One city. Sixteen palaces. Each with its own unique landscaped park surrounding it.
It’s no wonder they call Potsdam ‘Germany’s Versailles’. It is a veritable fairy-tale kingdom, which embodies the Age of Enlightenment’s ethos of ‘A picturesque, pastoral dream to remind residents of their relationship with nature and reason’.
Not only that, it is also Europe’s Hollywood. The famous Babelsburg Studios has turned out classic films for more than a century, claiming bragging rights as world’s oldest large-scale film studio. Its impressive list of credits includes everything from Fritz Lang’s iconic 1927 film Metropolis to The Bourne Ultimatum, with Spielberg’s Academy Award-winning Bridge of Spies thrown in. It would have been rude not to, with the actual bridge, Glienicker Brücke just on the doorstep.
I knew none of this. I’d heard of Potsdam because of its pivotal role in recent history. This scenic satellite of Berlin hosted the court of the Kingdom of Prussia and was once home to Otto Von Bismarck’s Second Reich; hence the plethora of palaces.
Yet more than that, Potsdam is where WWI started. It is where Adolf Adolf Hitler laid the first foundations of his dictatorship in a historic handshake with President Paul von Hindenburg. It is where WWII finished; where Japan was issued an ultimatum of surrender or destruction; and where the post-war balance of power was decided at the Potsdam Conference, which begat the Cold War.
None of that momentous history was evident as we drove through peaceful tree-lined suburbs to Frederick the Great’s summer palace in Sanssouci park. The restored Sanssouci windmill dominated our approach. A giant stone and wooden structure with four forty-foot sails, it towers nearly eighty-five feet into the air.
Frederick the Great, known as ‘The Old Fritz’, was King of Prussia from 1740 until his death in 1786. A legend claims that noise from the mill disturbed His Greatness, who offered to buy it. The tale alleges that when the miller refused, Big Fred threw his royal toys out of the pram and threatened to take the mill anyway, to which the miller replied,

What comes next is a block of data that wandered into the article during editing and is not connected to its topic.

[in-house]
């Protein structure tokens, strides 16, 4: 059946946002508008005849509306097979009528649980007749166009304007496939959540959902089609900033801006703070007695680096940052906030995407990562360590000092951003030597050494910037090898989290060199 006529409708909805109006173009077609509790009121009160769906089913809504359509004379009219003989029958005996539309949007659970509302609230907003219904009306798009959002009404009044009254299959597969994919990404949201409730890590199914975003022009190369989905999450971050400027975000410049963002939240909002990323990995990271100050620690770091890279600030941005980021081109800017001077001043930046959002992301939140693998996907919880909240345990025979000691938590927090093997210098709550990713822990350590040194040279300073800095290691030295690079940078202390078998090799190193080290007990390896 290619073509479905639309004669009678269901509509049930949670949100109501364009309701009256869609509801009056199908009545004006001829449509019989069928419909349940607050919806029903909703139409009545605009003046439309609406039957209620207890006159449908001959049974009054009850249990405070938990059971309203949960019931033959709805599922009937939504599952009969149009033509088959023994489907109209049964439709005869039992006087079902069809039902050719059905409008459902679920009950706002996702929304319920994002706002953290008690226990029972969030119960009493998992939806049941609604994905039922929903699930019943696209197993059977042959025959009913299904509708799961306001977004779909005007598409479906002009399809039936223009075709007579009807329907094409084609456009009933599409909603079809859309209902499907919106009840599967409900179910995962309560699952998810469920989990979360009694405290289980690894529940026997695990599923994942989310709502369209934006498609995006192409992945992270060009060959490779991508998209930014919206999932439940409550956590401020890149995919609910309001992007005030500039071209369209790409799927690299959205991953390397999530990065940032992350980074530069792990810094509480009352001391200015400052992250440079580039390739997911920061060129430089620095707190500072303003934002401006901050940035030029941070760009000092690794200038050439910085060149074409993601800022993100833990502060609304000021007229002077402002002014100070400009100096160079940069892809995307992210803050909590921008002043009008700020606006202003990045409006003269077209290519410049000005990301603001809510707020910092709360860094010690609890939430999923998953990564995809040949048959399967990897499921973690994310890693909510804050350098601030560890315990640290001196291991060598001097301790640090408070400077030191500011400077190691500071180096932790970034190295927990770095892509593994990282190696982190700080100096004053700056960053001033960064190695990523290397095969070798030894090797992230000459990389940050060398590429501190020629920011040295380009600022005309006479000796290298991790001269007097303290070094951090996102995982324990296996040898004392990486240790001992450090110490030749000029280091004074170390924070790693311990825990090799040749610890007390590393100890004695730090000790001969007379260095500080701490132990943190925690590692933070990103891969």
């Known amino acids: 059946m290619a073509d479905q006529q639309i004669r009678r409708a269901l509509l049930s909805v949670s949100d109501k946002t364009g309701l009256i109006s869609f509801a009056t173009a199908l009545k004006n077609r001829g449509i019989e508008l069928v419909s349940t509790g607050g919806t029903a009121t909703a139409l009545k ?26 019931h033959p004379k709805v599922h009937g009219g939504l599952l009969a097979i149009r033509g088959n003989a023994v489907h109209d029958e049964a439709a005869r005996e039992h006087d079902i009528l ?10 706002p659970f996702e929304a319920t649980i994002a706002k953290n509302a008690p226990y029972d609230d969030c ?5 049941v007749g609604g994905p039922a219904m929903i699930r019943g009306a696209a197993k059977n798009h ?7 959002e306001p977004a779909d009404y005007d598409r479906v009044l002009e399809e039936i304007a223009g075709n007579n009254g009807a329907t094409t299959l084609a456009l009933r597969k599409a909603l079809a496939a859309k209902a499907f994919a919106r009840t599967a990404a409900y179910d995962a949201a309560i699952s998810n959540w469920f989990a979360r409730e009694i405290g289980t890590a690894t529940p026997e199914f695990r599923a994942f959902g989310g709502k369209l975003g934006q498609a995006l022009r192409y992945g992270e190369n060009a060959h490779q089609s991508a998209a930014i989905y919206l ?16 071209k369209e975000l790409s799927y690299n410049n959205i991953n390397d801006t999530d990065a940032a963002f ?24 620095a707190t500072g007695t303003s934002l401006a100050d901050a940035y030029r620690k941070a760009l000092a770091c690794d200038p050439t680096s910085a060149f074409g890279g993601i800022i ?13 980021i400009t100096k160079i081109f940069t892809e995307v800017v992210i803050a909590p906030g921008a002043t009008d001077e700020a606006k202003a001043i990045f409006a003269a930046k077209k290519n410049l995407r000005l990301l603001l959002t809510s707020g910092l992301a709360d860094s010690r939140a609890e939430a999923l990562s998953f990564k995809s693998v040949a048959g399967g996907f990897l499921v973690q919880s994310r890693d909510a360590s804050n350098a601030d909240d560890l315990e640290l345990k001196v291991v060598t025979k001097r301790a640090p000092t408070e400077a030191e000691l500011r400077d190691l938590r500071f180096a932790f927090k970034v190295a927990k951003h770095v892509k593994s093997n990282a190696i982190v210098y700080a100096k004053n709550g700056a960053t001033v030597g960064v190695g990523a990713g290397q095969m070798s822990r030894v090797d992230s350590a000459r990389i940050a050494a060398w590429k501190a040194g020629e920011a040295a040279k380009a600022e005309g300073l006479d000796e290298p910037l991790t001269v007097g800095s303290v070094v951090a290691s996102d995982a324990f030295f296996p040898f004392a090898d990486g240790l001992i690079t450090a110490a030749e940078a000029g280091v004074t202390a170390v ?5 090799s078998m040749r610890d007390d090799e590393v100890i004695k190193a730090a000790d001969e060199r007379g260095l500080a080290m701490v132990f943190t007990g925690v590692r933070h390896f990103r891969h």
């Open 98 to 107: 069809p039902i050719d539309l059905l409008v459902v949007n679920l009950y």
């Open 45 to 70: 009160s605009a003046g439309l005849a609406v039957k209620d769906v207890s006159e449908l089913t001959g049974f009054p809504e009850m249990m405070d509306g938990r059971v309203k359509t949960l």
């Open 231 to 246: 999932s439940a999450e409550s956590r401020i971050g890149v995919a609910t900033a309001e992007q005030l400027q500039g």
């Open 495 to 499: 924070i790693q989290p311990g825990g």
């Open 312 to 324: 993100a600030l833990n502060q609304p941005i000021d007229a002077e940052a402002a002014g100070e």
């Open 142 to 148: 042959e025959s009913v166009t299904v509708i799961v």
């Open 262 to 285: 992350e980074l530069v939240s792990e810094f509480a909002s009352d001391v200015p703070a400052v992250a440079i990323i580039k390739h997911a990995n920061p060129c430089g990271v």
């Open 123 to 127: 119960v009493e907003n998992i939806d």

“Of course your majesty could do that—if it were not for the Supreme Court in Berlin,” which translates as, “Stuff that in your pipe and smoke it, your Maj! Even you’re not above the law.”
Apparently, this never happened—and might just have been a bit of ‘Hark at my benevolence for not shafting the prole!’ spin by His Greatness. However, Frederick, ‘The Philosopher of Potsdam’, allegedly once said, “A crown is merely a hat that lets rain in”, which does suggest a degree of humility.
Rumours say he rather liked the rustic charm of a windmill at his rural summer retreat. The name Sanssouci sums up the spirit of the place. It comes from the courtly French, sans souci, meaning ‘without worries’ and epitomised his ideal of living without a care.
When talking about the many Sanssouci palaces, the world opulent doesn’t really cut it. I have never seen magnificence on such a scale. Imagine slightly more than a baker’s dozen of Britain’s grandest stately homes spirited into vast acres of immaculately manicured gardens, after a bit of gilding for good measure. Potsdam is a housing estate of palaces.
Although I was never a fan, my mischievous side couldn’t help imagining Sanssouci as the setting for a highly upmarket version of Brookside, a defunct soap opera set in Liverpool’s Croxteth estate. Perhaps in a new plot twist, the residents of Brookside Close could all win the lottery and move to Potsdam. It would give great scope for their challenging and increasingly improbable story lines, such as the body under the patio at Number 10 and the mystery virus that forced them all into lockdown in 1995.
Parked near the windmill, our potter started at the main Sanssouci palace, a long, single-storey building with a verdigris cupola at its centre, painted in a joyful shade of primrose. It followed the Brontosaurus school of architecture; thin at one end, fatter in the middle, then thin again at the other end.
At the front of the colonnaded and statue-studded rococo façade, elegant terraced vineyards were a nod to Fred’s rural theme, while at the base, the Great Fountain and lake mirrored the stepped splendour.
From there, a wide avenue took us through less formal parkland, veined with waterways where we saw a heron fishing. Sadly, even though Frederick used to enjoy Sanssouci with his dogs, our pups had to stay on the lead, even in the bits that looked like pasture.
The gardens are famous for their fountains, although as the temperature soared into the mid-thirties, we made use of irrigation sprayers on our progress around the grounds to keep The Pawsome Foursome chilled.
Through the trees, the sun glinted on a golden figure floating aloft, wielding an umbrella. Not Mary Poppins. We had reached the Chinese House, an opulent parasol-topped pavilion. Chinoiserie – anything Chinese – was the height of baroque fashion.